Business Overview

Recession and Covid proof business.

Sign shop offers the design and manufacture of a full line of signs and graphics including commercial exterior/interior signage, graphics, banners, vehicle, and boat wraps, and more. Could expand into promotional items for increased revenue. B to B business means Mon-Fri hours. Not a franchise so no transfer or franchise fees to be paid. All the profits are yours to keep! Full staff in place for all design, manufacturing, and installation. Shop is complete and features updated and meticulously maintained equipment. Everything is in place for the new owner. Sellers are ready to retire and may consider partial financing.

Call or text Gregg Potter at 727-656-3331 with any questions.

Financial

  • Asking Price: $239,000
  • Cash Flow: $103,000
  • Gross Revenue: $685,000
  • EBITDA: N/A
  • FF&E: $50,000
  • Inventory: $5,000
  • Inventory Included: Yes
  • Established: 2014

Detailed Information

  • Property Owned or Leased:N/A
  • Property Included:N/A
  • Building Square Footage:2,600
  • Lot Size:N/A
  • Total Number of Employees:5
  • Furniture, Fixtures and Equipment:N/A
About The Facility:

Professional Office/Warehouse. Offices and showroom in the front with rear garage door access for the heavy assembly and vehicle wrap area. The landlord is aware of the sale and is willing to work with the new owner on a similar long-term lease or the business could be moved.

Is Support & Training Included:

Two weeks training included in sale price.

Purpose For Selling:

Sellers are ready to retire.

Opportunities and Growth:

The sellers have spent the last 7 years building a great presence in the business community with most of the business coming from repeat customers and word of mouth but a good marketer could push growth even higher. Could also expand into promotional items for increased revenue.

Additional Info

The business was founded in 2014, making the business 8 years old.
The transaction does include inventory valued at $5,000, which is included in the requested price.

The business has 5 employees and is situated in a building with disclosed square footage of 2,600 sq ft.
The property is leased by the company for $2,250 per Month

Why is the Current Owner Selling The Business?

There are all kinds of reasons individuals resolve to sell businesses. Nonetheless, the genuine factor vs the one they tell you may be 2 completely different things. For instance, they may claim "I have too many various commitments" or "I am retiring". For lots of sellers, these reasons are valid. But also, for some, these may simply be excuses to attempt to conceal the reality of changing demographics, increased competitors, current reduction in profits, or a range of other factors. This is why it is extremely vital that you not count entirely on a vendor's word, however rather, utilize the seller's solution together with your overall due diligence. This will repaint an extra reasonable image of the business's existing circumstance.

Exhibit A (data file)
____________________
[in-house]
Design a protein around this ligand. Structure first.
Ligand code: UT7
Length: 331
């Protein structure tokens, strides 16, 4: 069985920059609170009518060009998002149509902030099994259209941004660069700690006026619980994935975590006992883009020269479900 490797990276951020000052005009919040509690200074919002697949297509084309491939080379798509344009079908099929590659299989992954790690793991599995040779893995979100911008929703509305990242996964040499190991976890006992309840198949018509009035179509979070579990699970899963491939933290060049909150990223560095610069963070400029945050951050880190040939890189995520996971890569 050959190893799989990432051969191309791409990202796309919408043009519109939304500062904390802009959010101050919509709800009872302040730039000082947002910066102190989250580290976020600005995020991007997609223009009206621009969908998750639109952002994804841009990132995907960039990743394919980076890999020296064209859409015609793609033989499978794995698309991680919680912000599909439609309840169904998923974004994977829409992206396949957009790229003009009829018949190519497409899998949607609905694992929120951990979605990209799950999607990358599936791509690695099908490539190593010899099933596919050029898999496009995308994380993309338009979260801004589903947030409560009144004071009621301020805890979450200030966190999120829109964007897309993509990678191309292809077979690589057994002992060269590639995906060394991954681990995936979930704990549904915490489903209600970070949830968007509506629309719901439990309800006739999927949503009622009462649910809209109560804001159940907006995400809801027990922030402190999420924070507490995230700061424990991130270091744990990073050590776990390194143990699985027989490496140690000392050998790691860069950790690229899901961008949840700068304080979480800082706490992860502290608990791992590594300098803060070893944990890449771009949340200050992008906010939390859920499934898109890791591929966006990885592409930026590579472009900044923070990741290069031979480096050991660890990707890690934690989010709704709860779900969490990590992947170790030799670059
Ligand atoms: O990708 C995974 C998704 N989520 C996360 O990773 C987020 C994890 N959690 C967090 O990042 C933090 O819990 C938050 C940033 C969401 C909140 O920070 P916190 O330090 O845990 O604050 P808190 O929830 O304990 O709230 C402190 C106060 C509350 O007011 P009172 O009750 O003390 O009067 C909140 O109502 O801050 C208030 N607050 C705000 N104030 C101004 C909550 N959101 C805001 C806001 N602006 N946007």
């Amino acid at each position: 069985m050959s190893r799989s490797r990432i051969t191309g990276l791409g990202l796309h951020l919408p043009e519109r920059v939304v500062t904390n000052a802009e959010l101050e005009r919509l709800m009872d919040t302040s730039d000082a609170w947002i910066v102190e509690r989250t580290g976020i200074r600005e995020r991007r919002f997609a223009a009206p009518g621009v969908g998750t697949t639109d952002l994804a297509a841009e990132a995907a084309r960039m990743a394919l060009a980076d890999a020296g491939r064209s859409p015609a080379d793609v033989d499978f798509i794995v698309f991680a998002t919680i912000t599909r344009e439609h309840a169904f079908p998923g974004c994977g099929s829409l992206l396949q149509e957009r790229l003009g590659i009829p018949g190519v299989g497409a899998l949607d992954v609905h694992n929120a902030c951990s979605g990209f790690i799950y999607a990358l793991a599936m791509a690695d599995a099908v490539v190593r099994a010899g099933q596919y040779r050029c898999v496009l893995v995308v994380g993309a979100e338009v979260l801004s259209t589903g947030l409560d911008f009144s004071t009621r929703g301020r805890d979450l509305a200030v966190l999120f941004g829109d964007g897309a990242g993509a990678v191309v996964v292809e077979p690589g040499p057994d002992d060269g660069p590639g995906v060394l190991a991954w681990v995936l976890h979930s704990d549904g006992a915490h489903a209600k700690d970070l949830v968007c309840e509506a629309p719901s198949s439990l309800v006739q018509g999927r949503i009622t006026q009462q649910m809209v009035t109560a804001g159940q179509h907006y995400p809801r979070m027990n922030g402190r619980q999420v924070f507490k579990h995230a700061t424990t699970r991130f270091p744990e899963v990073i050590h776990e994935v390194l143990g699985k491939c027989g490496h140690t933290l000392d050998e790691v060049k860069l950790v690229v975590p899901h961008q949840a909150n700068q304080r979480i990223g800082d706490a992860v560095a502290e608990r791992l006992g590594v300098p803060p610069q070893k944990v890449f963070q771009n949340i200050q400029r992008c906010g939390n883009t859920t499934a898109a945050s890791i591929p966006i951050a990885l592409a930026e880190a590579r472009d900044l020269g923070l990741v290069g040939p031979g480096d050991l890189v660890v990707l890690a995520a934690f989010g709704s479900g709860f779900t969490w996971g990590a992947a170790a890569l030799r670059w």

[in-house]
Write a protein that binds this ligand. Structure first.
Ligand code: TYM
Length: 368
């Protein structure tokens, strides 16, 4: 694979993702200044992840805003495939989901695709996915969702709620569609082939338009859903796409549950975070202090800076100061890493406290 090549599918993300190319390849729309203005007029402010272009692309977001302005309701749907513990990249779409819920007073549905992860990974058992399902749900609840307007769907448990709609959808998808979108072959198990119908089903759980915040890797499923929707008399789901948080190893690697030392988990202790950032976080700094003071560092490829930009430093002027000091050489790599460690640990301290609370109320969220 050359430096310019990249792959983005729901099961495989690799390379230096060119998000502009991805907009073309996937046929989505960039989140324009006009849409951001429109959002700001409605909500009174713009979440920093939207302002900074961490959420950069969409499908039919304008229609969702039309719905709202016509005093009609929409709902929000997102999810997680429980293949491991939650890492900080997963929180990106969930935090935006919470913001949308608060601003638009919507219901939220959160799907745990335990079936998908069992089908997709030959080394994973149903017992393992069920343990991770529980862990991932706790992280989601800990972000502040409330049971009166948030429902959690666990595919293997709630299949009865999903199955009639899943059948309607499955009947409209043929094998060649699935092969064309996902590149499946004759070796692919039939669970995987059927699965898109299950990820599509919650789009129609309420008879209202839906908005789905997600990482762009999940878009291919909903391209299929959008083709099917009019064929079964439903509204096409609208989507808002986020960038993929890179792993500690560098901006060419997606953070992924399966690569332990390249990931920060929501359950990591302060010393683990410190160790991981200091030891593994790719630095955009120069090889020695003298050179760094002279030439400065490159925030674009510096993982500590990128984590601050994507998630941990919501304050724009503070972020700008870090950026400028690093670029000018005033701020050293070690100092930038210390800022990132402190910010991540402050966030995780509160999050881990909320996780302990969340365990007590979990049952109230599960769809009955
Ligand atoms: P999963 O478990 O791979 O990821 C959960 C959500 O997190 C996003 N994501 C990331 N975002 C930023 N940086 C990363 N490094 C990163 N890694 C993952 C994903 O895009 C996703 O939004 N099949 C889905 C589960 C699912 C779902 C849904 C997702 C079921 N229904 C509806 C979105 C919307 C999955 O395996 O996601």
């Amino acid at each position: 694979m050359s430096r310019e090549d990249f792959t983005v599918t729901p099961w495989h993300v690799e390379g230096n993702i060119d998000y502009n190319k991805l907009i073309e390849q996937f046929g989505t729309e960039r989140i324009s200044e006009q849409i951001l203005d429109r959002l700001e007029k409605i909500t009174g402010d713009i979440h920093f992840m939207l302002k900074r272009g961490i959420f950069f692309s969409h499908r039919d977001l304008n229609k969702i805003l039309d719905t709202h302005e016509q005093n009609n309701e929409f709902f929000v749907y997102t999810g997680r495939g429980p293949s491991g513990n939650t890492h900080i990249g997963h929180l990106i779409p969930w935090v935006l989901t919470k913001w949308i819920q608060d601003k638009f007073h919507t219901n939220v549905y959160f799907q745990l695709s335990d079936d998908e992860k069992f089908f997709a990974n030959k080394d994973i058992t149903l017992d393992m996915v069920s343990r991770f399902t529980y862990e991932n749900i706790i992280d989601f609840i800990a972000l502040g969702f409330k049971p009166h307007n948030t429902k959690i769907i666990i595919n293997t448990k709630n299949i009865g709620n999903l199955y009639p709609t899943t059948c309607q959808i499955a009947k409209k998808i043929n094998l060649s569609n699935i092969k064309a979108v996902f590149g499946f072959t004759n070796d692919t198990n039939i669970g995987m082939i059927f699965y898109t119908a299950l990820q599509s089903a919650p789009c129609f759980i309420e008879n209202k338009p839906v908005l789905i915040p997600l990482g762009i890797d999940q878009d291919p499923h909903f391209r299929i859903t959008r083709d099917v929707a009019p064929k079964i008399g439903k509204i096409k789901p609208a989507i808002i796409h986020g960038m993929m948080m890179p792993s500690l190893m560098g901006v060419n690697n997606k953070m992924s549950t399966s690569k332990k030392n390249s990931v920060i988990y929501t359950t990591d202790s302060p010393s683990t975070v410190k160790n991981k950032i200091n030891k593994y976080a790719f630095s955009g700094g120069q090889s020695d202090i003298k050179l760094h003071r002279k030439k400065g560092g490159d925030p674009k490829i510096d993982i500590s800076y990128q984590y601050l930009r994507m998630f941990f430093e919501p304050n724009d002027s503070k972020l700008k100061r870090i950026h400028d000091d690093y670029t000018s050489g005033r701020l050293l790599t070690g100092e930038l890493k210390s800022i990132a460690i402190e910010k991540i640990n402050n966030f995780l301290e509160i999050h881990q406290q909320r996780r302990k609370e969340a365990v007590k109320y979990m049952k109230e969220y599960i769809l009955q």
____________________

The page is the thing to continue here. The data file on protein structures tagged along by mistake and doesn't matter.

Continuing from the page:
Existing Debts and Future Obligations

If the current entity is in debt, which numerous companies are, then you will need to consider this when valuating/preparing your deal. Lots of companies borrow money with the purpose of covering points like supplies, payroll, accounts payable, and so on. Remember that in some cases this can imply that earnings margins are too thin. Numerous businesses fall into a revolving door of taking on debt as a way to pay back other loans. In addition to debts, there may likewise be future obligations to take into consideration. There might be an outstanding lease on equipment or the building where the business resides. The business might have existing contracts with suppliers that have to be met or may result in charges if terminated early.

Understanding the Customer Base, Competition and Area Demographics

Exactly how do companies in the area draw in brand-new clients? Most times, companies have repeat clients, which form the core of their daily revenues. Specific aspects such as new competitors sprouting up around the location, road building and construction, and also staff turn over can affect repeat consumers and negatively influence future revenues. One crucial point to take into consideration is the placement of the business. Is it in an extremely trafficked shopping center, or is it concealed from the highway? Clearly, the more people that see the business often, the higher the chance to construct a returning customer base. A last thought is the general area demographics. Is the business located in a largely inhabited city, or is it located on the outside border of town? How might the local typical house income effect future revenue prospects?